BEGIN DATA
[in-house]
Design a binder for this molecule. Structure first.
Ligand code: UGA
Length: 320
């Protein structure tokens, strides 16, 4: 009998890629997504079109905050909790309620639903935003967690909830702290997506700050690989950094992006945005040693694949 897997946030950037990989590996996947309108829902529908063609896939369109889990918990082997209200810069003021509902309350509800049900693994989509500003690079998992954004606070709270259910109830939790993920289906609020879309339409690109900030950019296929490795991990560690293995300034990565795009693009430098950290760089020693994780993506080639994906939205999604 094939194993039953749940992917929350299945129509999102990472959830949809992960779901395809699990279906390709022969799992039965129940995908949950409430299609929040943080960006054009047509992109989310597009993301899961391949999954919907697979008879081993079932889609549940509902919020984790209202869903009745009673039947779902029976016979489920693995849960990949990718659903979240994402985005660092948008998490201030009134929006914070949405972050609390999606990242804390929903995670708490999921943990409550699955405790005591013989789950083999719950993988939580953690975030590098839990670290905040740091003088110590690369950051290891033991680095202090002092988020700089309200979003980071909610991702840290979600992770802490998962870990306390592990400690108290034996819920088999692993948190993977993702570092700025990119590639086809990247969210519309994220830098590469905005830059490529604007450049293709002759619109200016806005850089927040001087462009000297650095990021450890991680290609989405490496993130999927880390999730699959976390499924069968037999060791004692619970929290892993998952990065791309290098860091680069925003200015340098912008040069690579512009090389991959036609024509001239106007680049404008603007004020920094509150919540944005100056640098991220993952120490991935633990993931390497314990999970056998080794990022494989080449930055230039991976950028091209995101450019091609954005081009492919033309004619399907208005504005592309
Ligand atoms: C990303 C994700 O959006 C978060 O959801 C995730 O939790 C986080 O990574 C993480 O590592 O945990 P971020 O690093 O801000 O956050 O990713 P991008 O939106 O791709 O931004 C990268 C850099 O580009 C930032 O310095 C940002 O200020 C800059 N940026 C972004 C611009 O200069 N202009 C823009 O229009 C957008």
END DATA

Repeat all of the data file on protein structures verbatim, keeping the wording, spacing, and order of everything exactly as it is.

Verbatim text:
[in-house]
Design a binder for this molecule. Structure first.
Ligand code: UGA
Length: 320
């Protein structure tokens, strides 16, 4: 009998890629997504079109905050909790309620639903935003967690909830702290997506700050690989950094992006945005040693694949 897997946030950037990989590996996947309108829902529908063609896939369109889990918990082997209200810069003021509902309350509800049900693994989509500003690079998992954004606070709270259910109830939790993920289906609020879309339409690109900030950019296929490795991990560690293995300034990565795009693009430098950290760089020693994780993506080639994906939205999604 094939194993039953749940992917929350299945129509999102990472959830949809992960779901395809699990279906390709022969799992039965129940995908949950409430299609929040943080960006054009047509992109989310597009993301899961391949999954919907697979008879081993079932889609549940509902919020984790209202869903009745009673039947779902029976016979489920693995849960990949990718659903979240994402985005660092948008998490201030009134929006914070949405972050609390999606990242804390929903995670708490999921943990409550699955405790005591013989789950083999719950993988939580953690975030590098839990670290905040740091003088110590690369950051290891033991680095202090002092988020700089309200979003980071909610991702840290979600992770802490998962870990306390592990400690108290034996819920088999692993948190993977993702570092700025990119590639086809990247969210519309994220830098590469905005830059490529604007450049293709002759619109200016806005850089927040001087462009000297650095990021450890991680290609989405490496993130999927880390999730699959976390499924069968037999060791004692619970929290892993998952990065791309290098860091680069925003200015340098912008040069690579512009090389991959036609024509001239106007680049404008603007004020920094509150919540944005100056640098991220993952120490991935633990993931390497314990999970056998080794990022494989080449930055230039991976950028091209995101450019091609954005081009492919033309004619399907208005504005592309
Ligand atoms: C990303 C994700 O959006 C978060 O959801 C995730 O939790 C986080 O990574 C993480 O590592 O945990 P971020 O690093 O801000 O956050 O990713 P991008 O939106 O791709 O931004 C990268 C850099 O580009 C930032 O310095 C940002 O200020 C800059 N940026 C972004 C611009 O200069 N202009 C823009 O229009 C957008």